1Faculty of Agriculture and Food Processing, National University of Battambang, Cambodia;
2 Smith Center for International Sustainable Agriculture, University of Tennessee, USA;
3 Department of Plant Science, Penn State University, USA.
*Corresponding author: firstname.lastname@example.org
In Cambodian, vegetables are difficult to grow in the wet season due to the wet conditions. Vegetable grafting is a horticultural technique used to take advantage of genetic resources of multiple plant species in order to address seasonal challenges. This study evaluated the suitability of eggplant rootstocks used for tomato grafting for production in Cambodia. Three different eggplant rootstocks (i.e., local, market-available, and recommended eggplant cultivars) were grafted with the tomato scions, using cleft grafting methods. The grafted seedlings were planted in the field to determine plant growth and productivity. The results show that the survival rates and productivity of grafted tomatoes were significantly greater than non-grafted plants. Grafting tomato scions onto local or market available eggplant rootstocks can be used to deal with problem of too much water or rain at atypical times for tomato production in Cambodia.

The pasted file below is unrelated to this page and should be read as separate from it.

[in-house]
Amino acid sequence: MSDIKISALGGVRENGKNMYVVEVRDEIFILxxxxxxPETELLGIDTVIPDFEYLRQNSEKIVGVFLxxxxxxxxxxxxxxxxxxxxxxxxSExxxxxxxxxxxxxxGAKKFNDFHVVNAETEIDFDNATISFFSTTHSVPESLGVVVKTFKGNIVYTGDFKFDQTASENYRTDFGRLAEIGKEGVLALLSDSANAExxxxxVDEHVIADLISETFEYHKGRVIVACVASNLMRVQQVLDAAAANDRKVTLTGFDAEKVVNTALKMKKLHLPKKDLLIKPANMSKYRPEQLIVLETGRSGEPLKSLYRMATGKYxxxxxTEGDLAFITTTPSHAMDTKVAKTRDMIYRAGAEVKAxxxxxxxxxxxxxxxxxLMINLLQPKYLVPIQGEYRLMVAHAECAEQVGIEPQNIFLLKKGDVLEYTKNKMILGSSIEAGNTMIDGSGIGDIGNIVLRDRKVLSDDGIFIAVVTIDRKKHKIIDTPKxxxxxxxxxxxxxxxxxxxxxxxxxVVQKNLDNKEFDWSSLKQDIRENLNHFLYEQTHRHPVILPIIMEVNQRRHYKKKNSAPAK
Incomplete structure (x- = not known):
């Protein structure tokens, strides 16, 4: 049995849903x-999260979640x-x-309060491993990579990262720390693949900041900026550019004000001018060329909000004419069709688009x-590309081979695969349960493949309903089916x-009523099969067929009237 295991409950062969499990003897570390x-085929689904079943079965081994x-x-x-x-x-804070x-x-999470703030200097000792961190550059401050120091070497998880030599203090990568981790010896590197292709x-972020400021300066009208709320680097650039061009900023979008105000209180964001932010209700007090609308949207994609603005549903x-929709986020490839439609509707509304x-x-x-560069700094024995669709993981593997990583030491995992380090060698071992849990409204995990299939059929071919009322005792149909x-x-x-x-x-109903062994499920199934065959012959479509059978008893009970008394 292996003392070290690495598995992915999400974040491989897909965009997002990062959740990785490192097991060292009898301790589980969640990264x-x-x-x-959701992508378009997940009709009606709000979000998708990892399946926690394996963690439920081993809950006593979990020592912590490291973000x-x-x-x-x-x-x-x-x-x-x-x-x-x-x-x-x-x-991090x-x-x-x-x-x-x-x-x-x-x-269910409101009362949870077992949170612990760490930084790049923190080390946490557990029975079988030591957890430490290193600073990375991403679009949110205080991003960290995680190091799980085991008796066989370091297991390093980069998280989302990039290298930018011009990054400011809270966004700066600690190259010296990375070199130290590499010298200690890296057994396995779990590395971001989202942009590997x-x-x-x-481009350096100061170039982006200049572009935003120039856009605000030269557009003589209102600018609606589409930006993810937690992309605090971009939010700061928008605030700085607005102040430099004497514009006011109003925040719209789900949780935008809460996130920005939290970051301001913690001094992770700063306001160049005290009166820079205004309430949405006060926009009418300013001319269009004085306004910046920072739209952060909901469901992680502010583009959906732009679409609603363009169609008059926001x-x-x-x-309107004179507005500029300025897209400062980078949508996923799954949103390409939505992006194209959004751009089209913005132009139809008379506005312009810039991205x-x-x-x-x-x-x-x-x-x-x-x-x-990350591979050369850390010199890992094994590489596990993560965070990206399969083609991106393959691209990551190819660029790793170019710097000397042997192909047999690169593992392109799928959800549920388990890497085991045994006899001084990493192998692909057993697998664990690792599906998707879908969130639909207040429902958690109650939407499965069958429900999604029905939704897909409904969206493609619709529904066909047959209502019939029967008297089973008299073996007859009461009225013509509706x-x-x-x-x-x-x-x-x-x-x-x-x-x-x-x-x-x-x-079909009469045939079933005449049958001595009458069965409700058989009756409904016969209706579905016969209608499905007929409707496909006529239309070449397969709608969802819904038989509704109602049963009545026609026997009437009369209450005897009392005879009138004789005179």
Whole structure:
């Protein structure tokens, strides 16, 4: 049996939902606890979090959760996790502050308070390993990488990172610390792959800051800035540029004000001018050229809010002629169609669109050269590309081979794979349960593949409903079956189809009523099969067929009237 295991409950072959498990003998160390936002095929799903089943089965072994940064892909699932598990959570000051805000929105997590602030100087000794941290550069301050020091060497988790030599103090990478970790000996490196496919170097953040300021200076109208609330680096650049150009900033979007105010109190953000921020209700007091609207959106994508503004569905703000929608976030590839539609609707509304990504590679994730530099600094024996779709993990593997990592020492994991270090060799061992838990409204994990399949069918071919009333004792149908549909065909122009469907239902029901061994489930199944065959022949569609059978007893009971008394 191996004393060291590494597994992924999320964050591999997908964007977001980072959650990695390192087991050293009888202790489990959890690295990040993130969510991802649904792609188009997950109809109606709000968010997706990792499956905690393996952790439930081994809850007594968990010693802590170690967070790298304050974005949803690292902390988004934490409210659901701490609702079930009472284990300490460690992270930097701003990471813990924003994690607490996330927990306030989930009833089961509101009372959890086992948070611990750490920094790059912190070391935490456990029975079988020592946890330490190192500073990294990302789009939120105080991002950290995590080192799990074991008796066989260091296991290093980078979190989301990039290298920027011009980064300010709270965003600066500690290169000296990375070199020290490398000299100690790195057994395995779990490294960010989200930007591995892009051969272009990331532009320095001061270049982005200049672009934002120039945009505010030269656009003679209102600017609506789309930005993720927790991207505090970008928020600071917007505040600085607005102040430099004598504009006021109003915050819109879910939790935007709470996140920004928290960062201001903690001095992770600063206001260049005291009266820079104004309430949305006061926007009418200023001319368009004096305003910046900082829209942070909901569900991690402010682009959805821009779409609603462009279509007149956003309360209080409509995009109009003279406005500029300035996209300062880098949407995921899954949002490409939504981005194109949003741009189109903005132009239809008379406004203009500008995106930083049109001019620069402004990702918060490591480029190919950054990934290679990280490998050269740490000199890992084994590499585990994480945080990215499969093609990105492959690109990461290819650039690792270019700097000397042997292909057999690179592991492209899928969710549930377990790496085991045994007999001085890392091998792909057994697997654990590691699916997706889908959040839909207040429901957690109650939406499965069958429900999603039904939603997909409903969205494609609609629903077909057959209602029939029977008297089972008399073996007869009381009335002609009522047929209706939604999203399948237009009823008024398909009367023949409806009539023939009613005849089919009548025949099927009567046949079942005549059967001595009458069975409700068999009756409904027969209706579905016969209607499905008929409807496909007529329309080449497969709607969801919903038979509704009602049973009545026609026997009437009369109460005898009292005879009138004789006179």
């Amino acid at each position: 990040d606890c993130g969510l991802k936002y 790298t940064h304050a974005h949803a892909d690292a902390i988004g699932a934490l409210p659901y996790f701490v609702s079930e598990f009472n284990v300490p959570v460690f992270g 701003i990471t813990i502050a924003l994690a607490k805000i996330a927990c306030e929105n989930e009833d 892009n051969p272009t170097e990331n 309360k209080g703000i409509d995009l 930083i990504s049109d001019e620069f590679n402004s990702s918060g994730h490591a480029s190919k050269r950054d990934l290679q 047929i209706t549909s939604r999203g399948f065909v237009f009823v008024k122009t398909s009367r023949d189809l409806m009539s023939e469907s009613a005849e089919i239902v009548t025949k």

Keywords: climate change, flooding, hot-wet conditions, local rootstocks, vegetable grafting.